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Thursday, June 23, 2011

Sumner 'adventure' for Redcliffs pupils

Sumner 'adventure' for Redcliffs pupils

Last updated 05:00 24/06/2011
Redcliffs School pupils are treating a three-week stay at a neighbouring school as an "adventure".

Principal Kim Alexander said six busloads of pupils arrived at Sumner School at 9.15am yesterday to start their three-week stint while awaiting checks on the cliff above their school.

It had been an "exhausting" time for teachers and support staff, who had set up learning centres in a community hall for three days last week after the June 13 earthquakes, she said.

"Then, yesterday, we did this entire move in one day. Staff are totally exhausted. They are pretty tired but again feeling really positive about being here with the children."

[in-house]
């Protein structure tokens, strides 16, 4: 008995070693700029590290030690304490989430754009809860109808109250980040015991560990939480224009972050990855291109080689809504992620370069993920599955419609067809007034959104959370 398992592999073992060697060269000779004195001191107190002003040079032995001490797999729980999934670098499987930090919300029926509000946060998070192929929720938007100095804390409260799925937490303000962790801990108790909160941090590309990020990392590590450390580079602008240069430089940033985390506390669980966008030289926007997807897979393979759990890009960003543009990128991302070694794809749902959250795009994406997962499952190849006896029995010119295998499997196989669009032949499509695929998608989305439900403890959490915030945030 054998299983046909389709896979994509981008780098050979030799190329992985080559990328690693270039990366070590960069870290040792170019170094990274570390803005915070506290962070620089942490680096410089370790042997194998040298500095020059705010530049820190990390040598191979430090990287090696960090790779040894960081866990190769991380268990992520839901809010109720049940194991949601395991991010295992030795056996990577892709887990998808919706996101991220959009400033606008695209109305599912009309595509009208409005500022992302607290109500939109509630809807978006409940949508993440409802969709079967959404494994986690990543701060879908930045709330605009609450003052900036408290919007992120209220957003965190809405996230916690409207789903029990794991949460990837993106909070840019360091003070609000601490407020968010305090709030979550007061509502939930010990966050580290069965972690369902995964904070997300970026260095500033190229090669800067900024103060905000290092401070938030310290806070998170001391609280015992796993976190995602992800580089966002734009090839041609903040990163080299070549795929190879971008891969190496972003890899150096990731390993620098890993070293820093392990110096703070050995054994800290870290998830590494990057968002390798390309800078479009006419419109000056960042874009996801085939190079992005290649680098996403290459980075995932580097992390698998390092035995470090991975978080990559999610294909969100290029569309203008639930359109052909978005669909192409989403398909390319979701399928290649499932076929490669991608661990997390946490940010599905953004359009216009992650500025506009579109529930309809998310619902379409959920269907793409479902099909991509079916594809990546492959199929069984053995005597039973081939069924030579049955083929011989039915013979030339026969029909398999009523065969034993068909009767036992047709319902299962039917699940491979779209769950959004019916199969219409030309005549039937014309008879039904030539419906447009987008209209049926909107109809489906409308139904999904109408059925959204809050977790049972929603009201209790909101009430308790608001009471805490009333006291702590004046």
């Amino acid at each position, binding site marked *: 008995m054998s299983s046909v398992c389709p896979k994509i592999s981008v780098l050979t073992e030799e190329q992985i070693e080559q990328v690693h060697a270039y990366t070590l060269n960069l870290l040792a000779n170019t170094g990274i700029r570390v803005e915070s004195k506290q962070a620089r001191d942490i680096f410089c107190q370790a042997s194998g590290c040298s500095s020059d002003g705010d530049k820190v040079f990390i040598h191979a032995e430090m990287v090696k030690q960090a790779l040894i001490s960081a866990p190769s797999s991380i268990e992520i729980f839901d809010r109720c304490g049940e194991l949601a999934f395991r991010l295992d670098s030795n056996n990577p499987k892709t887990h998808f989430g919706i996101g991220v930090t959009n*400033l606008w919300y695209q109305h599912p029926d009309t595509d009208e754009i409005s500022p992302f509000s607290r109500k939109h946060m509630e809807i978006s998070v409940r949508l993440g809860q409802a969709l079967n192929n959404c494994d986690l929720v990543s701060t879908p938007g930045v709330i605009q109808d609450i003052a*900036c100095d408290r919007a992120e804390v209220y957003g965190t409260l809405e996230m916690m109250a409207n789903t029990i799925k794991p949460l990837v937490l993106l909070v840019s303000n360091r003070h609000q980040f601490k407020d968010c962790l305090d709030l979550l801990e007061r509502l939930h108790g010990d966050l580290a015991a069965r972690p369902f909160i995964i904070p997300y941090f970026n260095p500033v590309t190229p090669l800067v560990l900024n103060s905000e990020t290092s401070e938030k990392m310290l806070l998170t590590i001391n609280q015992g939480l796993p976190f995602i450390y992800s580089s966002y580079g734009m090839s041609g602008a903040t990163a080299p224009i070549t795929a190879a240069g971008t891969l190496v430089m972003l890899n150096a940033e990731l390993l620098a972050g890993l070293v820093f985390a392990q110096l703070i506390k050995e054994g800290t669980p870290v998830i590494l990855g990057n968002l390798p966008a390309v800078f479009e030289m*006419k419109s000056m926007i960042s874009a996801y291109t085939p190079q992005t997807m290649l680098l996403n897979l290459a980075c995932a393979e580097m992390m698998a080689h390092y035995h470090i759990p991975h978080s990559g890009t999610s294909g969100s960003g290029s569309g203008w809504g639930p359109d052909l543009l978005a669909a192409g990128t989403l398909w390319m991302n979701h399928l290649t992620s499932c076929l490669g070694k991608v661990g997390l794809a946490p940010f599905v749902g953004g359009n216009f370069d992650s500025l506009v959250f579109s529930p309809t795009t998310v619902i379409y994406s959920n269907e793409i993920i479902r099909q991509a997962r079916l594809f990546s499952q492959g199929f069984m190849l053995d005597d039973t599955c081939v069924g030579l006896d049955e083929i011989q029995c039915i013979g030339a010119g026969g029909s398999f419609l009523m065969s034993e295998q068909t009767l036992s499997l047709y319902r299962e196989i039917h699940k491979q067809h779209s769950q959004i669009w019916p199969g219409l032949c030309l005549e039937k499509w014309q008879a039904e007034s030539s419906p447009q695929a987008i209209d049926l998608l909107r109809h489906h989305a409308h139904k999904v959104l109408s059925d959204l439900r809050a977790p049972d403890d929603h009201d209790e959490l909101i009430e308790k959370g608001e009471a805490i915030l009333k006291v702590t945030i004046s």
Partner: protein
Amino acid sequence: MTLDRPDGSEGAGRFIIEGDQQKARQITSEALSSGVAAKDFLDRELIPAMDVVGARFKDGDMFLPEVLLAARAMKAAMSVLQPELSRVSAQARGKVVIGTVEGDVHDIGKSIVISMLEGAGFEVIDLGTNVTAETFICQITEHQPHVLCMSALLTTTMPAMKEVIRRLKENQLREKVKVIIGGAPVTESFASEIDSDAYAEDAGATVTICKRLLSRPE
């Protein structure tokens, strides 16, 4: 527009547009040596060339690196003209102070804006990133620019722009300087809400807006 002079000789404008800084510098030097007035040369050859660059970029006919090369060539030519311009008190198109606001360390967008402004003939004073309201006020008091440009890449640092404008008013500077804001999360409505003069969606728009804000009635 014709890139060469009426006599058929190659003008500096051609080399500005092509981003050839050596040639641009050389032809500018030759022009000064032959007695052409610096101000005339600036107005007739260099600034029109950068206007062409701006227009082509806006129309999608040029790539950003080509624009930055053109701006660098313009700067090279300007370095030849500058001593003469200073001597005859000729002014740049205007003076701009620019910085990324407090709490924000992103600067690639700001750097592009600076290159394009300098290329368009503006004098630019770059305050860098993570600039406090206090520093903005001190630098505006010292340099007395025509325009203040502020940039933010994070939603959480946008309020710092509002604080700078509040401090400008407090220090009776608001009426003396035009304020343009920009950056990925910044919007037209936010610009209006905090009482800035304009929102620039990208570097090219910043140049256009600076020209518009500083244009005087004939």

Temporary classrooms had been set up around the school for about 300 Redcliffs pupils, using the library, old hall and new school hall.

"It's been set up in teams by age. We have tried to keep them in their teams as much as possible."

Liam Berryman, 8, said it had been sad leaving Redcliffs School but there were perks at Sumner School.

"It's nice to go to a new school in a way because you can meet new kids. It's nice here because we have more space."

Reilly Ward, 8, said the move was a "big adventure".

"It's a big adventure because there are lots of different things here."

Sumner School was better than lessons at a community centre where the pupils were "squishing in" and did not have desks, she said.

"It was hard to do work because we just had chairs."

Alexander said Sumner School and its board of trustees had been "really welcoming" and the school had been adapted for the short-term solution.

"The biggest challenges are the anxiety from parents having to send their children on the road to Sumner where all the rockfall is near the road. They are stressed and worried about further aftershocks, as are our staff."

The move put extra stress on the school, which had suffered a 25 per cent roll drop since the February earthquake. Many families had moved away because their homes had been red-stickered.

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